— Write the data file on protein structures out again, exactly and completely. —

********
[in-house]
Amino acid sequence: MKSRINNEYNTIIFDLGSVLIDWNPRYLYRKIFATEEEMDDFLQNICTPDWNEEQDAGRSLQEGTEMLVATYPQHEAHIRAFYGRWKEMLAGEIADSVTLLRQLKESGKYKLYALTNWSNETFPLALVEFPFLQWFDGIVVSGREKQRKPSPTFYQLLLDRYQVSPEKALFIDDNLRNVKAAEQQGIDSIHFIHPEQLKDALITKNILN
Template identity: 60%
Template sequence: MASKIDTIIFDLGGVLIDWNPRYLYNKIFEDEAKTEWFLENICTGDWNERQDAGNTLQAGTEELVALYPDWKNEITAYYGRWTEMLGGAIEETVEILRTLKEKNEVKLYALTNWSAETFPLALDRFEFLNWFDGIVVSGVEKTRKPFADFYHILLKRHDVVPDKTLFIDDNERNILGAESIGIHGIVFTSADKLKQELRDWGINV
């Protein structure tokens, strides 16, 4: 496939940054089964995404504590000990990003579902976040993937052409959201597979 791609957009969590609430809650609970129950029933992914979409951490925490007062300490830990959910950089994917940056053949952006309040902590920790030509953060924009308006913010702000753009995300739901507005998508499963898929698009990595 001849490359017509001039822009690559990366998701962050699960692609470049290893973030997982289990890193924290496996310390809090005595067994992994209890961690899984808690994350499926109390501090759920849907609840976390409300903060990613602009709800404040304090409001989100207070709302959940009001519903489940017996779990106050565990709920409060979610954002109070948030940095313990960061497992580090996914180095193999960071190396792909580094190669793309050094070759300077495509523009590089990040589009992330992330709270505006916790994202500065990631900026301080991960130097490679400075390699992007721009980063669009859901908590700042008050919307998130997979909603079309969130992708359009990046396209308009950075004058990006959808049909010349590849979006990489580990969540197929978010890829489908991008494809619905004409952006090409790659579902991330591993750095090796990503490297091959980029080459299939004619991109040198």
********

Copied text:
[in-house]
Amino acid sequence: MKSRINNEYNTIIFDLGSVLIDWNPRYLYRKIFATEEEMDDFLQNICTPDWNEEQDAGRSLQEGTEMLVATYPQHEAHIRAFYGRWKEMLAGEIADSVTLLRQLKESGKYKLYALTNWSNETFPLALVEFPFLQWFDGIVVSGREKQRKPSPTFYQLLLDRYQVSPEKALFIDDNLRNVKAAEQQGIDSIHFIHPEQLKDALITKNILN
Template identity: 60%
Template sequence: MASKIDTIIFDLGGVLIDWNPRYLYNKIFEDEAKTEWFLENICTGDWNERQDAGNTLQAGTEELVALYPDWKNEITAYYGRWTEMLGGAIEETVEILRTLKEKNEVKLYALTNWSAETFPLALDRFEFLNWFDGIVVSGVEKTRKPFADFYHILLKRHDVVPDKTLFIDDNERNILGAESIGIHGIVFTSADKLKQELRDWGINV
């Protein structure tokens, strides 16, 4: 496939940054089964995404504590000990990003579902976040993937052409959201597979 791609957009969590609430809650609970129950029933992914979409951490925490007062300490830990959910950089994917940056053949952006309040902590920790030509953060924009308006913010702000753009995300739901507005998508499963898929698009990595 001849490359017509001039822009690559990366998701962050699960692609470049290893973030997982289990890193924290496996310390809090005595067994992994209890961690899984808690994350499926109390501090759920849907609840976390409300903060990613602009709800404040304090409001989100207070709302959940009001519903489940017996779990106050565990709920409060979610954002109070948030940095313990960061497992580090996914180095193999960071190396792909580094190669793309050094070759300077495509523009590089990040589009992330992330709270505006916790994202500065990631900026301080991960130097490679400075390699992007721009980063669009859901908590700042008050919307998130997979909603079309969130992708359009990046396209308009950075004058990006959808049909010349590849979006990489580990969540197929978010890829489908991008494809619905004409952006090409790659579902991330591993750095090796990503490297091959980029080459299939004619991109040198």